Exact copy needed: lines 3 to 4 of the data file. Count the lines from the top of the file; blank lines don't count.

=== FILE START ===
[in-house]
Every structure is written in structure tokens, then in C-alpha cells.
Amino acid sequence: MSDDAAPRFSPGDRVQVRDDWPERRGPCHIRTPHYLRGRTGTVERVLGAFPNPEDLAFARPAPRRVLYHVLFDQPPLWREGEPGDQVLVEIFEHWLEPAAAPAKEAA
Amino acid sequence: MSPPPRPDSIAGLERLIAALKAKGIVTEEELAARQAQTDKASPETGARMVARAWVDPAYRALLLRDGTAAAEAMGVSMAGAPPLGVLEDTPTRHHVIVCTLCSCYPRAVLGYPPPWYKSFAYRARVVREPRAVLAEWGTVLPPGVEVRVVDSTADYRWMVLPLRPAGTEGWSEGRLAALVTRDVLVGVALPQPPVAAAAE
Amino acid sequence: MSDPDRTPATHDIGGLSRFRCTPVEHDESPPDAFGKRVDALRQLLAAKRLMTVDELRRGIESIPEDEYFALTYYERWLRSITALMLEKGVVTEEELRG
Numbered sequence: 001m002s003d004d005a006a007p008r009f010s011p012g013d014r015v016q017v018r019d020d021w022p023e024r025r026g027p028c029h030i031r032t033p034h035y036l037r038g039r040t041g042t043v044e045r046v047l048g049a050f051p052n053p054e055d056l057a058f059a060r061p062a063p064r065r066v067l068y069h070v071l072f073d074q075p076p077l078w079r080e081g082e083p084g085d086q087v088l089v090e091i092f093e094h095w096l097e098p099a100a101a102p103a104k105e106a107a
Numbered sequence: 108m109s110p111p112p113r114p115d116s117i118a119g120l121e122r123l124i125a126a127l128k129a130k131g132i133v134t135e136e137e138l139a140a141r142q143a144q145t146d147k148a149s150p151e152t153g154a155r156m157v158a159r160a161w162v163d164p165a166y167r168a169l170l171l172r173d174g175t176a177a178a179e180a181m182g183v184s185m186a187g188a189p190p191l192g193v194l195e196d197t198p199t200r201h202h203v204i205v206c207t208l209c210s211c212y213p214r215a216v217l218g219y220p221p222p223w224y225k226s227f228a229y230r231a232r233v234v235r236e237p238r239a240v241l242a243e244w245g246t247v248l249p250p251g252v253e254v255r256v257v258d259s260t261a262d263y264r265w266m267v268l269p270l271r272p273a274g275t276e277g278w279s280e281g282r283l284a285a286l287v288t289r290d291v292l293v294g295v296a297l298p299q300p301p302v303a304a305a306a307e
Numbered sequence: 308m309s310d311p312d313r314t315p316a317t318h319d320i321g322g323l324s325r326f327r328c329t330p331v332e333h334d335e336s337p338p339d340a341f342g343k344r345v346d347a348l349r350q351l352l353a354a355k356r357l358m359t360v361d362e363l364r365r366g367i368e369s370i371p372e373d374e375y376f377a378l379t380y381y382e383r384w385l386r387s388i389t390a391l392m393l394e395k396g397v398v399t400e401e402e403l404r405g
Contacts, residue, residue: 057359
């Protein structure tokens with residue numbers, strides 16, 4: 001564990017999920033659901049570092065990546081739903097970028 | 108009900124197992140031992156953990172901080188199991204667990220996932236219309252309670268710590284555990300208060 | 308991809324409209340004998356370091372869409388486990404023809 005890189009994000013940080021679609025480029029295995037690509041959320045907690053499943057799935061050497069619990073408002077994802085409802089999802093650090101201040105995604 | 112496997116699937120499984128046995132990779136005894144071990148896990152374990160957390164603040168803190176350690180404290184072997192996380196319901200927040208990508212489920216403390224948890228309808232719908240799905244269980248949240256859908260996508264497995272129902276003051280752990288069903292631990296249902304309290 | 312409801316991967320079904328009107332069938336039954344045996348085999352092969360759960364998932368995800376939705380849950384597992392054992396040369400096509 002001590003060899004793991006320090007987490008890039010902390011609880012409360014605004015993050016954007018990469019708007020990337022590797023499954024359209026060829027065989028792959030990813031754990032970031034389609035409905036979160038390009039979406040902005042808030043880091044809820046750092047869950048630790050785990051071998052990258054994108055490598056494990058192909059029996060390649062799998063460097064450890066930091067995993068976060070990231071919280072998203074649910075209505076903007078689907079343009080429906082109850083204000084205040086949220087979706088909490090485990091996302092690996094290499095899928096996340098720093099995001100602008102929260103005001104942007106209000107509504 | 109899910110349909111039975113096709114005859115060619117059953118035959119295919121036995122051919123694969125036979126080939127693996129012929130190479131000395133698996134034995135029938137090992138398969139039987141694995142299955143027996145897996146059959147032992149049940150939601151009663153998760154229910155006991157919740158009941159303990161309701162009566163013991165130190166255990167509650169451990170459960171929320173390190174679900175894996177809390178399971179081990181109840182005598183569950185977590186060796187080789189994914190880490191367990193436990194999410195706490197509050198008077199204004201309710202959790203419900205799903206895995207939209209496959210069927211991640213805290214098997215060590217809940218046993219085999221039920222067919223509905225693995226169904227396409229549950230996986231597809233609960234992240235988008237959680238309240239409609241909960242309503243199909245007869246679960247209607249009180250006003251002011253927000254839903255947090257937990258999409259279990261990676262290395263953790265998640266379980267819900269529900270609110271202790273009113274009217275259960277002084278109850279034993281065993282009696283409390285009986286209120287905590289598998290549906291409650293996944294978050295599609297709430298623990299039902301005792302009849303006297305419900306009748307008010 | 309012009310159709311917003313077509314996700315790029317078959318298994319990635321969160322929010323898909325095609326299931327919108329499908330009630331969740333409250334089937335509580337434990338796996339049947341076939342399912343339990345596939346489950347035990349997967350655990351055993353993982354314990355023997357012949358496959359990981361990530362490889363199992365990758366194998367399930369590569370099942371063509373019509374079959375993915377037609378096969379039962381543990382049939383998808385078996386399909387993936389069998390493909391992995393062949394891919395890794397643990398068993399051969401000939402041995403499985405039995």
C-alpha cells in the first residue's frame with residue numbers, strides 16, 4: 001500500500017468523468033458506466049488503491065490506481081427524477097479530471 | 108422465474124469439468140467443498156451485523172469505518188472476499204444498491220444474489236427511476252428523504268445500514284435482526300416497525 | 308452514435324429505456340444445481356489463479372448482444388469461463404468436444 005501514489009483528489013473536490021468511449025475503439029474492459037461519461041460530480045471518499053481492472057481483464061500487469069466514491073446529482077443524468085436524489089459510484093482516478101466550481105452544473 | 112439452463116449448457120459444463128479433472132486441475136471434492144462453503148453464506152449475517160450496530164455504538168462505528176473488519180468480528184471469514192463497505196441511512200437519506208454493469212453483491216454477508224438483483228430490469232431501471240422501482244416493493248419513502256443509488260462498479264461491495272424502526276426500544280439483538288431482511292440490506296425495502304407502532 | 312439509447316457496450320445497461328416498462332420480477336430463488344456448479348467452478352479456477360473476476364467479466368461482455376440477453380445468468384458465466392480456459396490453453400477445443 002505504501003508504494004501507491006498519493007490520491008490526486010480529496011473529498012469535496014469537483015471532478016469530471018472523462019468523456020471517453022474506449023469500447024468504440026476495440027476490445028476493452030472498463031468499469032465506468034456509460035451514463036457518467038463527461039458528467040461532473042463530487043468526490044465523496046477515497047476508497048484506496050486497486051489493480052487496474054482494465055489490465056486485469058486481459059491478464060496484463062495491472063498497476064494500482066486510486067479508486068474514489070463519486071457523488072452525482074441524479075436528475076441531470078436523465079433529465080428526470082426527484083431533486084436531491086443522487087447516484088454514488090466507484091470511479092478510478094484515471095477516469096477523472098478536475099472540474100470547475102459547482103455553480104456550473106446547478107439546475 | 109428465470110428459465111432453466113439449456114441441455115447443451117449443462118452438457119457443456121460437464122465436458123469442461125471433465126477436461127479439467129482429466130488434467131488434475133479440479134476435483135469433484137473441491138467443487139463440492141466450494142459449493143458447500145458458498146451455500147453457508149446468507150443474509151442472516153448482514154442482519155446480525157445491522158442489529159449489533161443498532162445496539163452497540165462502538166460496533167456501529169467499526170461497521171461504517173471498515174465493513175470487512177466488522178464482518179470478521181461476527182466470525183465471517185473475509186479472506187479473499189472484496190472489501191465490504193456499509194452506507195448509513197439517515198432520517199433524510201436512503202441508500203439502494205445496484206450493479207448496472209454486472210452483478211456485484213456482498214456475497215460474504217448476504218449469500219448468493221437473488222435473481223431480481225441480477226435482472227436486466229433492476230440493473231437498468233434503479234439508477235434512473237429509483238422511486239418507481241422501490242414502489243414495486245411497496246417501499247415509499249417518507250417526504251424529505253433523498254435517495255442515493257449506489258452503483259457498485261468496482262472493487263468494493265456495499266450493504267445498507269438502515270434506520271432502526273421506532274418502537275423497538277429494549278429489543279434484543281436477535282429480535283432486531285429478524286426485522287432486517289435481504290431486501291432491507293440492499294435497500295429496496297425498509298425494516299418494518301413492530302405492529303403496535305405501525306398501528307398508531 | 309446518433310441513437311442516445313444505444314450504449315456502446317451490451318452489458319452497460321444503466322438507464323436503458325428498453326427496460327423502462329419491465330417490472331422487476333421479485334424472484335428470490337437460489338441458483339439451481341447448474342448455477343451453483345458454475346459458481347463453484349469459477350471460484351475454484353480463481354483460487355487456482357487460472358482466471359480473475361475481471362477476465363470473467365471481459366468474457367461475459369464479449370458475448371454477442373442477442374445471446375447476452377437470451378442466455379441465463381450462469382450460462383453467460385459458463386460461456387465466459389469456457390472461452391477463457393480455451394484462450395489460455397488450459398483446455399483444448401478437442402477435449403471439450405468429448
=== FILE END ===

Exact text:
Amino acid sequence: MSDDAAPRFSPGDRVQVRDDWPERRGPCHIRTPHYLRGRTGTVERVLGAFPNPEDLAFARPAPRRVLYHVLFDQPPLWREGEPGDQVLVEIFEHWLEPAAAPAKEAA
Amino acid sequence: MSPPPRPDSIAGLERLIAALKAKGIVTEEELAARQAQTDKASPETGARMVARAWVDPAYRALLLRDGTAAAEAMGVSMAGAPPLGVLEDTPTRHHVIVCTLCSCYPRAVLGYPPPWYKSFAYRARVVREPRAVLAEWGTVLPPGVEVRVVDSTADYRWMVLPLRPAGTEGWSEGRLAALVTRDVLVGVALPQPPVAAAAE